Overthinking is a negative behavior that tends to raise stress since it involves concentrating on the negative, worrying about the future, and overanalyzing everything you do. Even though overthinking is not a mental disorder in and of itself, it has been linked to Generalized Anxiety Disorder (GAD). Overthinking can be challenging to overcome. So, how can we break the cycle of overthinking that never ends?
Here are a few tips to help get rid of those overthinking behaviors:
- Set up a worry period – Designate a time in the day to make your “worry period”-30 minutes. During this time, write down all your worries and focus on the concerns you can problem-solve and control.
- Challenge your negative thoughts – You may think you’re not liked by your peers or that you’ll never succeed at your job. Challenge your negative thoughts and transform them into empowering ones rather than allowing them to rule your mind. Consider whether that thought is beneficial or worth any value. What is the proof that my doubtful belief is accurate? Is there another possibility? The goal is to adopt a more impartial perspective.
- Practice self-compassion – Most likely, you are aware of how to be empathetic toward your sibling or a friend. What about you, though? How do you speak to yourself internally when dealing with an issue or challenge? Remember to be kind and forgiving to yourself. Give yourself grace.
- Try talk therapy – Cognitive Behavioral Therapy (CBT) teaches you how to better manage your worry and anxiety by teaching you how to better identify, confront, and reframe your negative ideas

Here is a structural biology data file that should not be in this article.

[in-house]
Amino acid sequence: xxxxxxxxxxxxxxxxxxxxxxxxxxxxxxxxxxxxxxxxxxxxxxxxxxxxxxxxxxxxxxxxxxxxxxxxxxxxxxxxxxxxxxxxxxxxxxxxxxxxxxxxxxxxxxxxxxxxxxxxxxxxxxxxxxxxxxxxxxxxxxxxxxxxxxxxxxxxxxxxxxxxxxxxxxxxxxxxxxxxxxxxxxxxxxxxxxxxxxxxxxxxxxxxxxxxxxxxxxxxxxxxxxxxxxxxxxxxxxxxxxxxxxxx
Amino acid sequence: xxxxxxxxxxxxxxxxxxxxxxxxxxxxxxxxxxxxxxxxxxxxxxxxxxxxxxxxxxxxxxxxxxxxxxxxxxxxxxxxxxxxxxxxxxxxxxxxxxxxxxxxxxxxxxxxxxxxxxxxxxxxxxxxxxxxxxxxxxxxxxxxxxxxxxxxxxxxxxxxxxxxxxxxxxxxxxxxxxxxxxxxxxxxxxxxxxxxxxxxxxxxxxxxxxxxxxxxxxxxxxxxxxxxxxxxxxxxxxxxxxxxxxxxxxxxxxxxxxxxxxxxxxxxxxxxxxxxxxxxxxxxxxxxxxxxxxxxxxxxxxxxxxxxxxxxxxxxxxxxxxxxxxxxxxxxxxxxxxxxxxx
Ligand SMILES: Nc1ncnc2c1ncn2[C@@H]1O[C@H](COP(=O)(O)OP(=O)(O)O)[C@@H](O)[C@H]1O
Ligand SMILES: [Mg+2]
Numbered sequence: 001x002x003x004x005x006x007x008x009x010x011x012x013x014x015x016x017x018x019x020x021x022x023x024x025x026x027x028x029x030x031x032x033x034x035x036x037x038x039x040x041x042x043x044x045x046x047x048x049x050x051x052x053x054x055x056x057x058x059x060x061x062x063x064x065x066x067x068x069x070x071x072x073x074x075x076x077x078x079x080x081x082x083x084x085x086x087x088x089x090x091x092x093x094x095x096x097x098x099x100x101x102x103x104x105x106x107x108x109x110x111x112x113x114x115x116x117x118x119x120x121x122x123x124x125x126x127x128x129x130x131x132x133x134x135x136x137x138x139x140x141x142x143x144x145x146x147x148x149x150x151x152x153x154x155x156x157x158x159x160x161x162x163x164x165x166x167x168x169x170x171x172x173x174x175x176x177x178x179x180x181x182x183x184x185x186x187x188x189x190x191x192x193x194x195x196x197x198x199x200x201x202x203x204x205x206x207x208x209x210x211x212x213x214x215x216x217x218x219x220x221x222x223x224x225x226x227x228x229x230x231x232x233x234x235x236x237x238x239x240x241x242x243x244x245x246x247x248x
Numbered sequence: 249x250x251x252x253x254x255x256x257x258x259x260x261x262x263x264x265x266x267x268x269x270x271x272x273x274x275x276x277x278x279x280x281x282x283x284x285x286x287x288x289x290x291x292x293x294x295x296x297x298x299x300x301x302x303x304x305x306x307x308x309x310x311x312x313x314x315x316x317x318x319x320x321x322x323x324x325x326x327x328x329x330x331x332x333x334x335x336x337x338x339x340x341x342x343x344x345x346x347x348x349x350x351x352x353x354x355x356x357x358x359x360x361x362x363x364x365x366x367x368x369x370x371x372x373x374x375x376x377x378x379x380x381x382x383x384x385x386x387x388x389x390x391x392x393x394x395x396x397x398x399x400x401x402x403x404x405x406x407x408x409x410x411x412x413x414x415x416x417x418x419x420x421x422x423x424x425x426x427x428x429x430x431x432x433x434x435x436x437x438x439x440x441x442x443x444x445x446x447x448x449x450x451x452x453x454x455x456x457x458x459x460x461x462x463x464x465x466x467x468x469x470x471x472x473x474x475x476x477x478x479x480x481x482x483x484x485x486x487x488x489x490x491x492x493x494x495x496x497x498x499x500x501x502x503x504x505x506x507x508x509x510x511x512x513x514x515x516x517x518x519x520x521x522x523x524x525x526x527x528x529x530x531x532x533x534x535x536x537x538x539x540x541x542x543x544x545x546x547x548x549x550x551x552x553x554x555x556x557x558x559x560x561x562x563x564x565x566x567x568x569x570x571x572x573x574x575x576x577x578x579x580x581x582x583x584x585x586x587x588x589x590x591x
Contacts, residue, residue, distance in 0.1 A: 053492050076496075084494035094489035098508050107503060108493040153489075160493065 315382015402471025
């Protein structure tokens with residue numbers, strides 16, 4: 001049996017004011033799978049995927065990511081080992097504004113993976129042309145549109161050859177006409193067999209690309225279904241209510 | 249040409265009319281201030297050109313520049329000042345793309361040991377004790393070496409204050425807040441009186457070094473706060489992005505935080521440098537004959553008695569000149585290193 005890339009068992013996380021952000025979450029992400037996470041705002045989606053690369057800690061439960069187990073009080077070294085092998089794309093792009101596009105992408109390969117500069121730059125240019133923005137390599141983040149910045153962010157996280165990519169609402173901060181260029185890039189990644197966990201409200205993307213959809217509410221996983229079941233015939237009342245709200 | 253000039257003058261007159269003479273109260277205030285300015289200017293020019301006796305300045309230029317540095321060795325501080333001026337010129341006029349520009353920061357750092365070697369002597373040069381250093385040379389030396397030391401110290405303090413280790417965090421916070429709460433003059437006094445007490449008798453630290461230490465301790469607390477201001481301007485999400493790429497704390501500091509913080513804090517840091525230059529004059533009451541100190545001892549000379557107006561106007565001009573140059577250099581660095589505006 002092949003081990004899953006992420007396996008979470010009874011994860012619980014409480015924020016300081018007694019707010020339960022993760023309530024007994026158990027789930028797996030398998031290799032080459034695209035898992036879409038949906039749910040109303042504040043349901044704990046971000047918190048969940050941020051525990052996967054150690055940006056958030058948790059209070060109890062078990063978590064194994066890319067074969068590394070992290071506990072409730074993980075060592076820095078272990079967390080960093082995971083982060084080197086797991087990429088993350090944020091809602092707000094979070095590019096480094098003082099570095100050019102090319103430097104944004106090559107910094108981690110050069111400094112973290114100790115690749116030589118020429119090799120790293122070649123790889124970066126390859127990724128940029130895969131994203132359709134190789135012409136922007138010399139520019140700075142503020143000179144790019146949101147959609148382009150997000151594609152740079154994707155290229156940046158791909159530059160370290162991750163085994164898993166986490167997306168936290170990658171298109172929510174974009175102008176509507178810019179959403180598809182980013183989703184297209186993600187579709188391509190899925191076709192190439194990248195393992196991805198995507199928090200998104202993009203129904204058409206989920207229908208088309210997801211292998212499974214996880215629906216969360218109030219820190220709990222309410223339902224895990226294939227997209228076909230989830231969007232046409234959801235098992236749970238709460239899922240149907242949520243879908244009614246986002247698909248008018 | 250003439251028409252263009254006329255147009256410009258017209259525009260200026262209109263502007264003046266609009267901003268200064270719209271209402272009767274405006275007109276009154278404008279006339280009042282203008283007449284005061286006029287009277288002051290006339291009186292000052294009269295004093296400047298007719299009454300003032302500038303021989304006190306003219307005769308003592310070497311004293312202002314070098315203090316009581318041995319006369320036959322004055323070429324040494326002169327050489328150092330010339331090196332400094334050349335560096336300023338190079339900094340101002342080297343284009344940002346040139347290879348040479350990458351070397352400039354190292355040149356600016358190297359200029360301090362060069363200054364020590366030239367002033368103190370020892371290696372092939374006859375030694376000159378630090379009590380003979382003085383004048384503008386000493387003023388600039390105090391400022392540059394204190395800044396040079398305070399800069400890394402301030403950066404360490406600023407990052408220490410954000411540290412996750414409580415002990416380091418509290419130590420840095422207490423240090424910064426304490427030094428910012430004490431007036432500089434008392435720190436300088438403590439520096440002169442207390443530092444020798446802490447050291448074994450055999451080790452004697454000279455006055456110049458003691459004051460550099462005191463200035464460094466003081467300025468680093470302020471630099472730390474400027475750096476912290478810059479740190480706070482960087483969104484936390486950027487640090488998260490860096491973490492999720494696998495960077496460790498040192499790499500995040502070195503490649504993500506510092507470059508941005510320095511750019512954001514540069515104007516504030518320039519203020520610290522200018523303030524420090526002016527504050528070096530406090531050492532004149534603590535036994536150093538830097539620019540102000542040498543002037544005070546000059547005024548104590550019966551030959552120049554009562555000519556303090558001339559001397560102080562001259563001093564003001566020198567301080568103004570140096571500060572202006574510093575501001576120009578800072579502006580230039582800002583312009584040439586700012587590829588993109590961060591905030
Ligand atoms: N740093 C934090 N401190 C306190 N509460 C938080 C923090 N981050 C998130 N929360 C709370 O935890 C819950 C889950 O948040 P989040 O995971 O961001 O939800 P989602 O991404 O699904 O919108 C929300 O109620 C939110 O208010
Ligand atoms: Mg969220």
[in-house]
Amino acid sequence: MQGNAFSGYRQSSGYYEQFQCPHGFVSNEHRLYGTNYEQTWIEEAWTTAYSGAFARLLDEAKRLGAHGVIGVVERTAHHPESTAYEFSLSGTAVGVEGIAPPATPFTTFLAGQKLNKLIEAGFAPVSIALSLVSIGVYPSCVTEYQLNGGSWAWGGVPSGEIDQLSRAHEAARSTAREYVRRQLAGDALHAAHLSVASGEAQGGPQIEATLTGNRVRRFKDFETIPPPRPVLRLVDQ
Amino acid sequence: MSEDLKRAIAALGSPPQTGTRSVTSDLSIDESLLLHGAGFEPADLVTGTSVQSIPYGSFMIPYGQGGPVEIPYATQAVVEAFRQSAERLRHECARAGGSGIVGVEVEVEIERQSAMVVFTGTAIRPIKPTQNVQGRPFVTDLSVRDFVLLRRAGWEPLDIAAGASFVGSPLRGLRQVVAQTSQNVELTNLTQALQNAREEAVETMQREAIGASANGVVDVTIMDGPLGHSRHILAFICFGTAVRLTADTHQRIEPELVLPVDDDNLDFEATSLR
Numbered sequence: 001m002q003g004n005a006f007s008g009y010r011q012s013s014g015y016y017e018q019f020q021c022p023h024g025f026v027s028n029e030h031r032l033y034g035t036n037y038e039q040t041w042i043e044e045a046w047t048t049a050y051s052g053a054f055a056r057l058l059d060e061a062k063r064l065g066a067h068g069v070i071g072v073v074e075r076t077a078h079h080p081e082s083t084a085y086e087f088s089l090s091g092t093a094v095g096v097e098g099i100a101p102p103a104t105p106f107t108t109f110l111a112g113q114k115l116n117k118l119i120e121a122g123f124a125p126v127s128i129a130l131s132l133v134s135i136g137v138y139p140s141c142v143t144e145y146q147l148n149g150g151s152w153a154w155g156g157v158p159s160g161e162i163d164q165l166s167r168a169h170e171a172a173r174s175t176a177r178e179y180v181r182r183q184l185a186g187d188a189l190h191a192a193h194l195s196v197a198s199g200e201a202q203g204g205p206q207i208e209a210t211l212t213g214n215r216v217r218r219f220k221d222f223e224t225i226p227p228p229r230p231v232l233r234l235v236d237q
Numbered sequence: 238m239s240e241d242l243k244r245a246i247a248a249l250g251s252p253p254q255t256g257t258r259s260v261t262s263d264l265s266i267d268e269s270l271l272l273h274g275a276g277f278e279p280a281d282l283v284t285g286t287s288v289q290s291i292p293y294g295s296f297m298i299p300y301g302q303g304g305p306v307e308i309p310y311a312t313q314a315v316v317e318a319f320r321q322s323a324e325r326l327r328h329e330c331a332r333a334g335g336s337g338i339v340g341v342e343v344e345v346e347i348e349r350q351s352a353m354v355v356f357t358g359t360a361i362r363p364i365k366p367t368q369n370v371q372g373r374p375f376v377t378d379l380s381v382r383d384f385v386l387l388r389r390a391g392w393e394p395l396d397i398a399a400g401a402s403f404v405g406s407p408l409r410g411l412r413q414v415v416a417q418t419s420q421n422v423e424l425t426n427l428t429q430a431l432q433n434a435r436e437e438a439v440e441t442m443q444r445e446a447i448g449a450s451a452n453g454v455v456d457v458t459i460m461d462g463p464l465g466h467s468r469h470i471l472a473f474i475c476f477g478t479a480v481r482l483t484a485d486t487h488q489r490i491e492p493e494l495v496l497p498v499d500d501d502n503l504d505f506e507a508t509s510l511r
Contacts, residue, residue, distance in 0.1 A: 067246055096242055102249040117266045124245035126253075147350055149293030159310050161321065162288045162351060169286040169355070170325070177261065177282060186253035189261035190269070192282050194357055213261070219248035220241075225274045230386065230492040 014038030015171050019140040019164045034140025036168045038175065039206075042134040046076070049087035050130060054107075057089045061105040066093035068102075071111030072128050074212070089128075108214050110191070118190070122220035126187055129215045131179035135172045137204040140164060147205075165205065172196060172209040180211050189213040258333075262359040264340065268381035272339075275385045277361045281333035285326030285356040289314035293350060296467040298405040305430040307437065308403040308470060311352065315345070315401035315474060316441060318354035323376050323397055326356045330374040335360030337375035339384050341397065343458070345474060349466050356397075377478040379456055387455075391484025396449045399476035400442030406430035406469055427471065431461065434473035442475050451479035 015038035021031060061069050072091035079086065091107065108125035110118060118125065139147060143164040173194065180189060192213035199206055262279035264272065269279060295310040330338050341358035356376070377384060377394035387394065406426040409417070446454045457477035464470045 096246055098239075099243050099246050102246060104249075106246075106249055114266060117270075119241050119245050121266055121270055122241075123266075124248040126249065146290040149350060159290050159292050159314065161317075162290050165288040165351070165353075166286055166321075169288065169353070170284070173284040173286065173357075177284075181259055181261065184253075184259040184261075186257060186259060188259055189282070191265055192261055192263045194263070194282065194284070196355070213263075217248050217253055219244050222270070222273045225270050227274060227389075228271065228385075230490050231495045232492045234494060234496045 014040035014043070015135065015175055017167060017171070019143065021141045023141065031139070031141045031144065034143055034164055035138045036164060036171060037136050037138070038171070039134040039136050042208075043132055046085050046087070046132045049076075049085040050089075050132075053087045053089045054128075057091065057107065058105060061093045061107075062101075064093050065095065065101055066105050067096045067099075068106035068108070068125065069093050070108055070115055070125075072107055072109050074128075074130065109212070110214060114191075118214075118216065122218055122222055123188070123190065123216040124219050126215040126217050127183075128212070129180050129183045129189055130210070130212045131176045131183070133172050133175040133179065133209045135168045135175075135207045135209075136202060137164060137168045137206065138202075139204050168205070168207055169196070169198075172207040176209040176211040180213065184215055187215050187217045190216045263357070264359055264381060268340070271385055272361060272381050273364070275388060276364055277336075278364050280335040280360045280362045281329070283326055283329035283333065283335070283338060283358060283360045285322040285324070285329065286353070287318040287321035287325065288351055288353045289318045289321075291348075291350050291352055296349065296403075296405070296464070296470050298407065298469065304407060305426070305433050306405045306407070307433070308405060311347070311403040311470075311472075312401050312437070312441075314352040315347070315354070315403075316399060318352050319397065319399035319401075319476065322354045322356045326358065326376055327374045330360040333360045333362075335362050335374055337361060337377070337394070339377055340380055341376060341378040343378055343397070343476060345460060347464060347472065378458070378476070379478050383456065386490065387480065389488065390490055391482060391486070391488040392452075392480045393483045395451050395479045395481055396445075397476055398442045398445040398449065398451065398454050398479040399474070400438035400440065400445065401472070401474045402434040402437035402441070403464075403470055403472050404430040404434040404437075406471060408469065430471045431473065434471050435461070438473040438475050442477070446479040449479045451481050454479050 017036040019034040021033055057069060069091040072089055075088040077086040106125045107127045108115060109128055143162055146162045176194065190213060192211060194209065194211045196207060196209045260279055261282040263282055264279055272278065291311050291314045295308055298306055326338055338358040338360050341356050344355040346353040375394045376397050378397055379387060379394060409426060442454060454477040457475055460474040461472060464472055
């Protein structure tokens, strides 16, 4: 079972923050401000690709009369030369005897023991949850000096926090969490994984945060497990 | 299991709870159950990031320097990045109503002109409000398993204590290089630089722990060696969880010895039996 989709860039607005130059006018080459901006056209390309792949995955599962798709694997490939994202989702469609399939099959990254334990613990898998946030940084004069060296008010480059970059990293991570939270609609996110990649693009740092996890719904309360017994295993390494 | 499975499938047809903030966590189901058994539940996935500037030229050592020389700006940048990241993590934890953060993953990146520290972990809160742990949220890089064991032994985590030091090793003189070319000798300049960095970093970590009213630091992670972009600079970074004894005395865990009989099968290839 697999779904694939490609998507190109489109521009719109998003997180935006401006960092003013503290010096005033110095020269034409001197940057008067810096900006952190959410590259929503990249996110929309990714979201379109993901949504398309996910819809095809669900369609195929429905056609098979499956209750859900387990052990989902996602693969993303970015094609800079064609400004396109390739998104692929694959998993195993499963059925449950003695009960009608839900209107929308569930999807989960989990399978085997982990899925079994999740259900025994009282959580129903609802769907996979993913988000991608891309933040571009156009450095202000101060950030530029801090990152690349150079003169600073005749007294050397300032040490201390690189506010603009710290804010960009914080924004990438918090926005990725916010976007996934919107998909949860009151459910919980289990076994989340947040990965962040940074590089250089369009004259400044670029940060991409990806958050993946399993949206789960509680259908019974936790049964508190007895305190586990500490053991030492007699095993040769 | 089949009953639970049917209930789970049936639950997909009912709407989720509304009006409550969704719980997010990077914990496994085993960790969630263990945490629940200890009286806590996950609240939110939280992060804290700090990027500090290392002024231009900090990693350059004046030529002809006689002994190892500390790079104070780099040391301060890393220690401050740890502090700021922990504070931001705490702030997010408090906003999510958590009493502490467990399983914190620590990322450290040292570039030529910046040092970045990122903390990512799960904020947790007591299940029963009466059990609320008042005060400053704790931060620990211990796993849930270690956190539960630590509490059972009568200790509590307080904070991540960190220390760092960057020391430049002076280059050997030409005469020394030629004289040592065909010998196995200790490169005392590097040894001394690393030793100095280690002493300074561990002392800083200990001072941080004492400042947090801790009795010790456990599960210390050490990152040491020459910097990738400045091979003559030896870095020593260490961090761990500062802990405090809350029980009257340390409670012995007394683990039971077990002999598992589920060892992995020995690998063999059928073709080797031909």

- Rethink your “what ifs” – What if I get sick? What if I get hurt? Having these thoughts is normal, but spending more time focusing on only the worst-case scenarios is when it may be an issue.
- Distract yourself – Your stress levels can be managed by engaging in activities such as reading, meditation, or walking. Being active can lower your anxiety levels and decrease your tendency to overthink. Including exercise in your daily routine is one way to be proactive.
If you feel you could benefit from speaking to someone. Learn more about the Behavioral Health Services we offer.
If you feel that you are experiencing a medical emergency, call 911 or go to the nearest emergency room. If you are experiencing a psychiatric emergency, please call 911 or contact the National Suicide Prevention Lifeline at 1-800-273-TALK.
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